Mickey and Rummy training


Suncoast German Wirehaired Pointer Club

Summer 2011

Suncoast Membership Don’t forget to become an official member of the Suncoast German Wirehaired Pointer Club. As a member you receive many benefits: Family/Individual Associate/Junior • Voting Rights • Involvement in Club Activities (Fall Festival • Involvement in Club Activities (Fall Festival and etc.) and etc.) • Receive our newsletter Brillo Bulletin. (The • Receive our newsletter Brillo Bulletin. ( The Brillo Bulletin is e-mailed to approx. 350 GWP Brillo Bulletin is e-mailed to approx. 350 GWP owners and Pointing Dog Fanciers) Owners and Pointing Dog Fanciers) • Free Brags in Brillo Bulletin • Free Classifieds and Litter Announcements in • Free listing on Suncoast Website Brillo Bulletin www.suncoastgwp.com • Free Kudos in Brillo Bulletin • 5% Discount and Specials on certain club items • Free listing on Suncoast Website • VIP e-mails (receive information first www.suncoatgwp.com concerning the Club, GWPCA activity, AKC • 10% Discount and Specials on certain club activity, GWPCA National reminders, and etc.) items • Support the GWP Breed in the Southeast US. • VIP e-mails (receive information first concerning the Club, GWPCA activity, AKC activity, GWPCA National reminders, and etc.) • Support the GWP Breed in the Southeast US.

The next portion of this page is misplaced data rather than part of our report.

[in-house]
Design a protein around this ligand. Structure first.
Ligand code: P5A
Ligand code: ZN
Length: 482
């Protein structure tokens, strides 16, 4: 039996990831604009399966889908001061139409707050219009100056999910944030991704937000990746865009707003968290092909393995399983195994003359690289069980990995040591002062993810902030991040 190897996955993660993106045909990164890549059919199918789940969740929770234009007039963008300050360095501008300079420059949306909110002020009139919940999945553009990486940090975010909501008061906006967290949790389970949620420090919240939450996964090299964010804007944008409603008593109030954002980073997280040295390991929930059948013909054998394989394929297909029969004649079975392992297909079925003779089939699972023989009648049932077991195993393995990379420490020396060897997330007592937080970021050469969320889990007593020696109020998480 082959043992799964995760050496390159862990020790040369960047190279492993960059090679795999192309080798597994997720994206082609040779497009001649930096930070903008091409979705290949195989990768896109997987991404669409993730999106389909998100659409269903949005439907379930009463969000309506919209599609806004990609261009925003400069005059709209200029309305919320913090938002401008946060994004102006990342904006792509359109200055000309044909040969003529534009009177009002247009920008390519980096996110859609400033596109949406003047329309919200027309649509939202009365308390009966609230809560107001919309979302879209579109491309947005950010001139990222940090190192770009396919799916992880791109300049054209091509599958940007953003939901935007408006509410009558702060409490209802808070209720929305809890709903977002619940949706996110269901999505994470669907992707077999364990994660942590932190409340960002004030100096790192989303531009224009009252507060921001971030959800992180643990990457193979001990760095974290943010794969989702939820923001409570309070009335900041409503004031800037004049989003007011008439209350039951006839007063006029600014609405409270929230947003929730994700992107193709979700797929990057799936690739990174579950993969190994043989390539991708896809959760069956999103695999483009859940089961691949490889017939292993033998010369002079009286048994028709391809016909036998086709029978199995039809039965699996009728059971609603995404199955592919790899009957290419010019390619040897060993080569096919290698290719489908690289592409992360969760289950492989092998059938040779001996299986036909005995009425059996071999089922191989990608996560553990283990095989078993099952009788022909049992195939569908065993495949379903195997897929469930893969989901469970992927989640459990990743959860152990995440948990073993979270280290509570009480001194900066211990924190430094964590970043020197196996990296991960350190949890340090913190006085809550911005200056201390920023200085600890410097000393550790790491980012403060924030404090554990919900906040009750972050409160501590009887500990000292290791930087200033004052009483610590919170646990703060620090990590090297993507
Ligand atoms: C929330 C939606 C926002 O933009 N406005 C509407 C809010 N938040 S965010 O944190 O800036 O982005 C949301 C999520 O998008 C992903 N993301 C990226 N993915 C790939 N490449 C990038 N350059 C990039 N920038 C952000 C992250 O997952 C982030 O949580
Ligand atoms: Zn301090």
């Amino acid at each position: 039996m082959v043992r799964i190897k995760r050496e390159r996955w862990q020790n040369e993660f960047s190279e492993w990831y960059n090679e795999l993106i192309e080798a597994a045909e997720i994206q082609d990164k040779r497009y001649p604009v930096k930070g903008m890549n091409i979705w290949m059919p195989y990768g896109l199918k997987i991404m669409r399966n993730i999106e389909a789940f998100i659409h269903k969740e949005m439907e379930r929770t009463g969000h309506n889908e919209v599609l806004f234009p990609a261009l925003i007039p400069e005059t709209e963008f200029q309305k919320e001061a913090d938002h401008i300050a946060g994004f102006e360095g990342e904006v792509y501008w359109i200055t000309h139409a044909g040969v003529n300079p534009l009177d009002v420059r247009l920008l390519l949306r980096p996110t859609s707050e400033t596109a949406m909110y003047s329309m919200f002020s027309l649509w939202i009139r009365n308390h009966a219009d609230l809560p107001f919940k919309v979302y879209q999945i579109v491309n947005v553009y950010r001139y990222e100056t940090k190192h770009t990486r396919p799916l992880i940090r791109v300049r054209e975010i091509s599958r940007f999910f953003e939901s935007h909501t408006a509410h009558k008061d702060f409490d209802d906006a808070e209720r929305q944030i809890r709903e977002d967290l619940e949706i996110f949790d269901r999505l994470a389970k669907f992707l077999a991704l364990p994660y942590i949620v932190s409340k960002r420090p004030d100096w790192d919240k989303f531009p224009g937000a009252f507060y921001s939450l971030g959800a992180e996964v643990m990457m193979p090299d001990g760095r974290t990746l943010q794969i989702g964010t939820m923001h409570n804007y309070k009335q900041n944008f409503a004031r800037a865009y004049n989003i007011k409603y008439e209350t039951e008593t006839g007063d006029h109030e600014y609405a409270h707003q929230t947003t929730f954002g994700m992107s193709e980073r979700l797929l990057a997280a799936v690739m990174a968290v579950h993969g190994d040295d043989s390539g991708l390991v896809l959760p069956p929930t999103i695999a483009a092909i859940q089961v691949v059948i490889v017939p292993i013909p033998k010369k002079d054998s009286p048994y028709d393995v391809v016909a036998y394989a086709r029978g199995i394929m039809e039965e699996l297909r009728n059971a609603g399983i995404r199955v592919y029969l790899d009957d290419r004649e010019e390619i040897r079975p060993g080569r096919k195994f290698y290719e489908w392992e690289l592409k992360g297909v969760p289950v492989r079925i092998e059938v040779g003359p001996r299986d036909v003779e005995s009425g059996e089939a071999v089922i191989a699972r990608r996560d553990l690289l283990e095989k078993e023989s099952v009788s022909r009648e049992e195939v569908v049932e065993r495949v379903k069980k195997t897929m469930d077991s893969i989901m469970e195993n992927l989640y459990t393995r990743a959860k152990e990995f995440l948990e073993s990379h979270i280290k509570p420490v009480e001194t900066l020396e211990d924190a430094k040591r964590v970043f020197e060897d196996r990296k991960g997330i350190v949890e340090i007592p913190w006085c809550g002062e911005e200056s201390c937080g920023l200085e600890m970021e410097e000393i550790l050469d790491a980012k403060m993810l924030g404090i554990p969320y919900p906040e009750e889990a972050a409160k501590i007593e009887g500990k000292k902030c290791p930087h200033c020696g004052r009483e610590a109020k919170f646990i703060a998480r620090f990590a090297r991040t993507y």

Current Member List To view full contact information for members go to www.SuncoastgGWP.com *New Members are in Bold. Welcome to the Club.